I only traded once today: I unloaded the ADBE (Adobe Systems) short at $27, for a 16% gain. However HSBC made a trade for me, and I'm distinctly unhappy about it.

ShaftDuring June, I assembled a long position in credit-card issuer Metris Cos (MXT) at an average $13.85. I first read about the company on Tom Brown's estimable, where he and his team wrote extensively about the progress it had made in paying-down debt and generally cleaning up its act; I pulled the trigger about the time that Washington Mutual (WM) bought Providian (PVN) - and before the Bank of America (BAC)-MBNA (KRB) deal; I saw it as a recovery story, with any takeover offering the possibility of a nice upside surprise.

So, the takeover was announced today. HSBC will buy MXT for $1.59 billion, or a [@#$%^ miserable - Ed] 1.1% premium over last night's close. MXT lost 2.5% today, closing at $14.46 today on the news that Metris shareholders will receive $15 when the deal closes in the fourth quarter. Volume was 7.7 million shares, or a mere 12-times the 90-day average. The transaction is subject to shareholder and regulatory approval, and resolution of a possible US Securities and Exchange Commission enforcement action over its accounting for loan losses in 2001.

Here's what I take from the deal, and the market reaction:

    * Shareholder approval is a done deal. Thomas H. Lee Partners LP, has a 44% voting stake and will receive $682.6 million of the purchase price; it originally got involved in 1998, paying $300 million for a 29% holding, according to Reuters.
    * Regulatory approval won't be an issue; HSBC's current US credit card business is the sixth largest in the US, and the acquisition will not change its ranking.
    * Nobody's expecting a counter, or any kind of bidding war, despite the fact that with $5.9 billion of managed credit card loans as of June 30, Metris was the third largest 'independent' credit card issuers left standing (until today) behind the much larger American Express (AXP) and Capital One (COF).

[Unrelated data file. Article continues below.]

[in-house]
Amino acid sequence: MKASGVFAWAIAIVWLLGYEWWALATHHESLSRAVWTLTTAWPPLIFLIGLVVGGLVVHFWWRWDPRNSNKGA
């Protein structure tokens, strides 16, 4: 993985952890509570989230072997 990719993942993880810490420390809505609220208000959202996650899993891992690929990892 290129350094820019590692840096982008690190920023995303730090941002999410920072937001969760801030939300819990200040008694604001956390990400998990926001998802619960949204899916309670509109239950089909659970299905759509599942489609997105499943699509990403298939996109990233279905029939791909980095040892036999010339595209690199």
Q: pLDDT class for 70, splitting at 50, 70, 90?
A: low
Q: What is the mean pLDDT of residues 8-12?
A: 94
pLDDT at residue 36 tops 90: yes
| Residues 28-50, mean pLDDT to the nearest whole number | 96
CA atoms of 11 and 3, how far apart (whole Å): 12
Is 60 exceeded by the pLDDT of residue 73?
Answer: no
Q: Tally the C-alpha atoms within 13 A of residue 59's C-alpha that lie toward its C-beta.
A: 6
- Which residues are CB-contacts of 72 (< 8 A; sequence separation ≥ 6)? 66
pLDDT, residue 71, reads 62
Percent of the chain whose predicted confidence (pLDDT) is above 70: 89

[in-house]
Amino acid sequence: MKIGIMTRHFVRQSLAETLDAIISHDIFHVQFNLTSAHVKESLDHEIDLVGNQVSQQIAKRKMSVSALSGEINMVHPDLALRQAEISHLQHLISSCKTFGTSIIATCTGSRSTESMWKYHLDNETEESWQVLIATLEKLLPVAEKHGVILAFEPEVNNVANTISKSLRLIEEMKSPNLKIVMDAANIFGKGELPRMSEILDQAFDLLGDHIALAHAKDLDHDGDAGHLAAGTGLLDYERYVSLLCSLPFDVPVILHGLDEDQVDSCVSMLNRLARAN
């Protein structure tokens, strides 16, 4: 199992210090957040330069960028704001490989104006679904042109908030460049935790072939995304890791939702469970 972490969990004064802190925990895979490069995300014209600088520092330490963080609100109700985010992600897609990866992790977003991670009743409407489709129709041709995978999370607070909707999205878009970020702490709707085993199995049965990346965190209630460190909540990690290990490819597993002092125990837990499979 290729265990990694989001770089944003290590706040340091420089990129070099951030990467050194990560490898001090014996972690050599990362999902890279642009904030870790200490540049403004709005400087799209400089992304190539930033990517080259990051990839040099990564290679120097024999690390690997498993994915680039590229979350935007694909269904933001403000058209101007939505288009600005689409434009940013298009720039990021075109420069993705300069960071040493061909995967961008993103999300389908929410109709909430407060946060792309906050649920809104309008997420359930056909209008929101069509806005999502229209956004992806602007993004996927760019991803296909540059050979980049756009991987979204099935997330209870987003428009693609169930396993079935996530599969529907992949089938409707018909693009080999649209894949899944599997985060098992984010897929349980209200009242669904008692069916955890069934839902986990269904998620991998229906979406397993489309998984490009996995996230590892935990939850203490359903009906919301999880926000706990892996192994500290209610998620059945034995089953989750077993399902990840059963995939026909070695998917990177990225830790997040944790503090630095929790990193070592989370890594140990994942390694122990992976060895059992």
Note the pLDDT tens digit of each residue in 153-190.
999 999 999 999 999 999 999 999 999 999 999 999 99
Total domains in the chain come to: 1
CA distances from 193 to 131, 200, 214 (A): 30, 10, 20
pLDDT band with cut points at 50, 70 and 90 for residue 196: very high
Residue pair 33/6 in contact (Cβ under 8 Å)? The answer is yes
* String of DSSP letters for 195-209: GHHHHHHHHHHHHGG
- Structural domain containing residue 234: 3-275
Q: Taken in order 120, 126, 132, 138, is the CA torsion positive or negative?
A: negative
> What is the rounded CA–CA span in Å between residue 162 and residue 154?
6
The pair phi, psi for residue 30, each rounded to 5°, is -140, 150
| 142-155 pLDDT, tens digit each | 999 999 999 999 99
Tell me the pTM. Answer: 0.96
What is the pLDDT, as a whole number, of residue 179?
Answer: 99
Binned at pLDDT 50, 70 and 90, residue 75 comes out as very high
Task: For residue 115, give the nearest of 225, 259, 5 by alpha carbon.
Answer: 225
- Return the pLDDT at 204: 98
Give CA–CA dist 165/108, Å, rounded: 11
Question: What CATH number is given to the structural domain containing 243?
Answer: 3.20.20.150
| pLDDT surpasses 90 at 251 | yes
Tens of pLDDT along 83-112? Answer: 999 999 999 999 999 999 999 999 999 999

Given the progress MXT has made in cleaning up its debt, and a strong argument that MXT did not need to put itself on the block, why was the company sold, and for such a [@#$%^ miserable - Ed] premium? If I was to venture into the realm of irresponsible uninformed speculation - perish the thought - I would wonder whether Messrs Lee et al are sweating the outcome of the SEC enforcement action. HSBC certainly is. Or have insiders decided that the debt picture has got about as good as it's going to get as the interest rate thing catches up with MXT's...ahem...near-prime customers, and are want an exit before the next balloon hits the fan?

I'm pondering what to do with the position. At today's close, I've got a 4.4% profit; if I hang on to the bitter end, I'll under up with something just under 9%, about which, I guess, one should not complain for a six month holding period. Assuming the deal does close on schedule. My choices appear to be of the Hobson's variety:

    * Back up the truck, based on the arb between today's close and the $15. But what about that condition relating to the SEC action that could delay the deal?  And the qualification that that a closing delay beyond December could reduce the price?  Those risks are material.
    * Bail immediately, taking myself out of any - however unlikely - counter-offer or value-enhancing proposals, and the - risk-filled, as above - upside.
    * Or, as I'll probably do, hang on for another day or two to see what, if anything, else the market says. At any bounce to, say, $14.70, in that time frame, I'll be gone.

But I'll be watching this one like a hawk. If Fido's Active Trader is slower than usual, it's because I've got alerts set up for dime intervals between $14 and $15.

The lesson: Look harder. Companies effectively controlled by private equity funds with a low cost base don't necessarily have the interests of other shareholders in mind. Or, given they know more about the business and its prospects than any ordinary shareholder, maybe they do.

No they don't know any more than you could, buddy!  All they know how to do is convince those who could have stopped them--like the SEC--to think otherwise!
« Last Edit: January 02, 2006 06:28:11 AM by Rottweiler »